• Friday, April 19, 2024
businessday logo


PVC collection: Different strokes for different folks

PVC collection: Different strokes for different folks

Few weeks to the general election, millions of registered voters may be disenfranchised if urgent steps are not taken by the Independent National Electoral Commission (INEC) and other stakeholders to address the hitches in the collection of the Permanent Voters’ Cards (PVCs) across the country; findings by BusinessDay Sunday have shown.

Lamentation and tension rule the air in some ward centres visited, as some registered voters expressed displeasure with the hitches which hinder the smooth distribution of the cards.

Some of the registered voters appealed to INEC to extend the January 29 deadline for the collection of the cards so that they would not be disenfranchised.

It is, however, not all gloom as testimonies differ from one individual to another, depending on how quick or stressful the collection was to them.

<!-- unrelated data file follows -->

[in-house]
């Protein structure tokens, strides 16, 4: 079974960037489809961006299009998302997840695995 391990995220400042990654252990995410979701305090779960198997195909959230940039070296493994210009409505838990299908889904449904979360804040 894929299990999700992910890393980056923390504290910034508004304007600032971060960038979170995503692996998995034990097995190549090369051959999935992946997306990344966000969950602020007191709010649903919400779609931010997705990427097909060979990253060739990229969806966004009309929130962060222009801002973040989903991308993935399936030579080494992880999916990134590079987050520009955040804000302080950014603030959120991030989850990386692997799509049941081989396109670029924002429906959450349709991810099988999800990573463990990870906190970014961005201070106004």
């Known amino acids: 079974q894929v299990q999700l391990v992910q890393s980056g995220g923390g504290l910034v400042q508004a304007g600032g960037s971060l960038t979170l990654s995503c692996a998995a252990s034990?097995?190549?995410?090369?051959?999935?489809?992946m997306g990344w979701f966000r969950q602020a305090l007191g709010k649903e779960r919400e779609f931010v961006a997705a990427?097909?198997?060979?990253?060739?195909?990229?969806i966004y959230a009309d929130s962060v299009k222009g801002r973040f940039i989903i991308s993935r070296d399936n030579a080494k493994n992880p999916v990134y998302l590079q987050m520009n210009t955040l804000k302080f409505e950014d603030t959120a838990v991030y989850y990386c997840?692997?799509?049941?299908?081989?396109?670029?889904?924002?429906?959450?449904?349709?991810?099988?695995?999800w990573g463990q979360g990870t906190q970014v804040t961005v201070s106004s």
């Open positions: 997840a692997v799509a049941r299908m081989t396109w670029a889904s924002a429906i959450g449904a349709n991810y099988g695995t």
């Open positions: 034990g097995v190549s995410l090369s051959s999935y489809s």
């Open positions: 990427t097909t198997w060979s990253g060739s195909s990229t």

While some condemn the process outright, alleging hanky-panky, some others sing the praise of INEC for a job well done.

There was large number of people at some of the collection centres visited.

In some centres, some of the registered voters said they had arrived as early as 6 to 8am, yet they were having difficulties collecting their cards after waiting for several hours.

In some centres, it was observed that the distribution was complicated by the lack of enough manpower and other bottlenecks which made it difficult for the INEC officials to attend to the large number of registered voters waiting to get their cards.